Kansas Already Battle Tested Just Five Days Into Season

Posted by Justin Fedich on November 16th, 2016

Only two games into the new season, Kansas has already endured one crushing defeat and one thrilling victory. The Jayhawks responded from a 103-99 overtime loss to Indiana on Friday night in Hawaii to outlast top-ranked Duke 77-75 in the Champions Classic at Madison Square Garden last night. No high-major team outside of arguably Michigan State has been challenged nearly as much. Senior guard Frank Mason has stolen the show to this point, scoring 30 points against Indiana and hitting the game-winning jump shot last night against Duke.

The tourney upsets his Kansas teams have suffered will not be forgotten (Getty).

The Kansas program has never shied away from testing itself early against elite programs and this year is no exception. (Getty)

What Adjustments Did Kansas Make? Even with Duke’s three highly-touted freshman sidelined, Bill Self’ needed to make some adjustments from the Indiana game to avoid falling to 0-2. The biggest shift came in the contributions of 6’11” freshman Udoka Azubuike off the bench. After playing only seven minutes and failing to score against the Hoosiers, Azubuike added six points and pulled down 12 big rebounds against Duke. It was clear that Self wanted to expose Duke’s lack of size down low with 6’10” Harry Giles and 6’11” Marques Bolden sitting on the bench. After being the only Kansas starter to not foul out in the game against Indiana, freshman Josh Jackson played much more aggressively for most of last night’s game before fouling out. Still, he scored 15 points on 7-of-9 shooting from the field, putting all three Kansas starting guards into double figures (Mason, 21; Devonte’ Graham, 15). Using Jackson on the wing and Azubuike inside to balance things offensively is the formula Kansas needs rather than relying on Mason, who scored 30 points against Indiana, to consistently contribute such a heavy load.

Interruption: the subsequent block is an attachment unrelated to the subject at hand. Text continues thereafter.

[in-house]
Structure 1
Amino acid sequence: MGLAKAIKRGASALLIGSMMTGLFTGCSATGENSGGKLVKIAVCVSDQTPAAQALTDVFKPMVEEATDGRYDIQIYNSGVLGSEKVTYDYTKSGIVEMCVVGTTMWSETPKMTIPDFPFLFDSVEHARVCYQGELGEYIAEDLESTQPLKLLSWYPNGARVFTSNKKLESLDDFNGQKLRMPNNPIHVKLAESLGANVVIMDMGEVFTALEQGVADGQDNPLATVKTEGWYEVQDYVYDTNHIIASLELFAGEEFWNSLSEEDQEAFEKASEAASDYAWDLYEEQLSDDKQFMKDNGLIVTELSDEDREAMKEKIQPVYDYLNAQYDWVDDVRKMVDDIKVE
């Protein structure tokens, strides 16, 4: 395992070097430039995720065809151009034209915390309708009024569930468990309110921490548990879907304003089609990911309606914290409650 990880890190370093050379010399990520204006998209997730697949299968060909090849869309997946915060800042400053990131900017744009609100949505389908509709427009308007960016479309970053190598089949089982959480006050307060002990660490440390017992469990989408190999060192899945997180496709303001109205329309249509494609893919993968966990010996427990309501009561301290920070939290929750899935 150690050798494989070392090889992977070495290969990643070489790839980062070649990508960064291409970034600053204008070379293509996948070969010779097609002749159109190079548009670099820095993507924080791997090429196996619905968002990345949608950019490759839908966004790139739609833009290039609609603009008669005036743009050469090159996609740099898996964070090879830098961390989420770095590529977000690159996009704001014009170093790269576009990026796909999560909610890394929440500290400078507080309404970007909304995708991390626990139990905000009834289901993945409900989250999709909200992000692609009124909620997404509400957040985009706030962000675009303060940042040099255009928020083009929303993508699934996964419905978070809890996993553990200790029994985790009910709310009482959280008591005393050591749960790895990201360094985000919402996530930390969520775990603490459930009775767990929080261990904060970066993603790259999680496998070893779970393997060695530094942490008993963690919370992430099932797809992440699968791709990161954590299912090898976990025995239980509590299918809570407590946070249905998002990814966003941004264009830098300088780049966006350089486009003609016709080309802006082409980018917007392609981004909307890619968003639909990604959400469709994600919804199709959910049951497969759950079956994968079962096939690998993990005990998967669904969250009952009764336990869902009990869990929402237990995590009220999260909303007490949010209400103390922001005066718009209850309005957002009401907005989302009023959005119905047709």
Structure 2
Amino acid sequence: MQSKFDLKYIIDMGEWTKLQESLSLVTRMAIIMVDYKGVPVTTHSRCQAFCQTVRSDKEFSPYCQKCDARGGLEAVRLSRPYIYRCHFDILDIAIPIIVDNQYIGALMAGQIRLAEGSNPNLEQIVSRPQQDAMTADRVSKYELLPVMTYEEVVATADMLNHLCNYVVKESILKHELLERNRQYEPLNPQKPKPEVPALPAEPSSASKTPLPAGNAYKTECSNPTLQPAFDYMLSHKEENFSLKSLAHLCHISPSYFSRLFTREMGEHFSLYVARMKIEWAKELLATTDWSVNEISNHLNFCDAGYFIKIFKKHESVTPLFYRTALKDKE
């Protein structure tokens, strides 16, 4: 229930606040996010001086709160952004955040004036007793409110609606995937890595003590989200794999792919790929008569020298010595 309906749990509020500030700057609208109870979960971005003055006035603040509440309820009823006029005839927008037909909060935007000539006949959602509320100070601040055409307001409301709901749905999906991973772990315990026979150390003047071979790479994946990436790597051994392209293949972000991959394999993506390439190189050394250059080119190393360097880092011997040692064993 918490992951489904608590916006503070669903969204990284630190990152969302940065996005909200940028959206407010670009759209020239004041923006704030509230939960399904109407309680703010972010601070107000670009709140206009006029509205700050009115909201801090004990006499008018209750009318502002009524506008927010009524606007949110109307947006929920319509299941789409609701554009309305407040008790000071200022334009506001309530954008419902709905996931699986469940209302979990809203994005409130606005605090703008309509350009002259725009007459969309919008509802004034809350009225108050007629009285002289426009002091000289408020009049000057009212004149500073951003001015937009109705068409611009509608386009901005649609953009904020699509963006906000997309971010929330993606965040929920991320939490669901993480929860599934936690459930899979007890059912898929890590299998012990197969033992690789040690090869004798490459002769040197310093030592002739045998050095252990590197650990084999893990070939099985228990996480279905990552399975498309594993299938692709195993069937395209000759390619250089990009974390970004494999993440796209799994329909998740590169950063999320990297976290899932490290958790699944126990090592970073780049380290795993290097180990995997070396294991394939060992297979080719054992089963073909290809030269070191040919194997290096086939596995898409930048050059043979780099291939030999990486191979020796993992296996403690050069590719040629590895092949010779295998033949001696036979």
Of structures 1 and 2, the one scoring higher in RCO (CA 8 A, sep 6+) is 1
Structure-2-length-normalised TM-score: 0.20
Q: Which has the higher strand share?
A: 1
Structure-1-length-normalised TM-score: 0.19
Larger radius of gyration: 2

Should We Be More or Less Confident In Kansas Now? The loss against Indiana last week probably revealed more about where the Hoosiers are as a program and less about the Jayhawks’ shortcomings. While Kansas has a returning veteran presence in the trio of Mason, Graham and Landen Lucas, the remaining group of players are all taking on new roles. Kansas will certainly improve as the season goes along — as Jackson matures; as Sviotoslav Mykhailiuk becomes more of a consistent scoring threat; and as Carlton Bragg, Jr. takes advantage of his expanded role in the starting rotation. That’s certainly a scary thought for most every other team outside of an elite few. For Self, it’s an encouraging sign that his team shot a miserable 2-of-17 from beyond the arc and still logged a two-point win over Duke. It shows that the Jayhawks aren’t so reliant on the three-point shot to prevent it from beating one of the best teams in college basketball.

What Lies Ahead For Kansas? The Jayhawks have been tested early this season, but the schedule cools down for the rest of non-conference play. After a tune-up game against Siena on Friday, Kansas will play in the CBE Hall of Fame Classic next Monday in what will feel like a home atmosphere in Kansas City. The toughest opponent Kansas has left on its schedule comes in early 2017 as the Jayhawks travel to Rupp Arena to face soon-to-be-#1 Kentucky. While Duke will likely have its fair share of hiccups playing in the loaded ACC, Kansas and Kentucky shouldn’t struggle as much in their respective conferences this year. Therefore, the Big 12/SEC Challenge game between the two teams could go a long way in determining the NCAA Tournament’s No. 1 overall seed.

Justin Fedich (11 Posts)

Justin Fedich is a sports journalism graduate of the University of Georgia. You can follow him on Twitter @jfedich.

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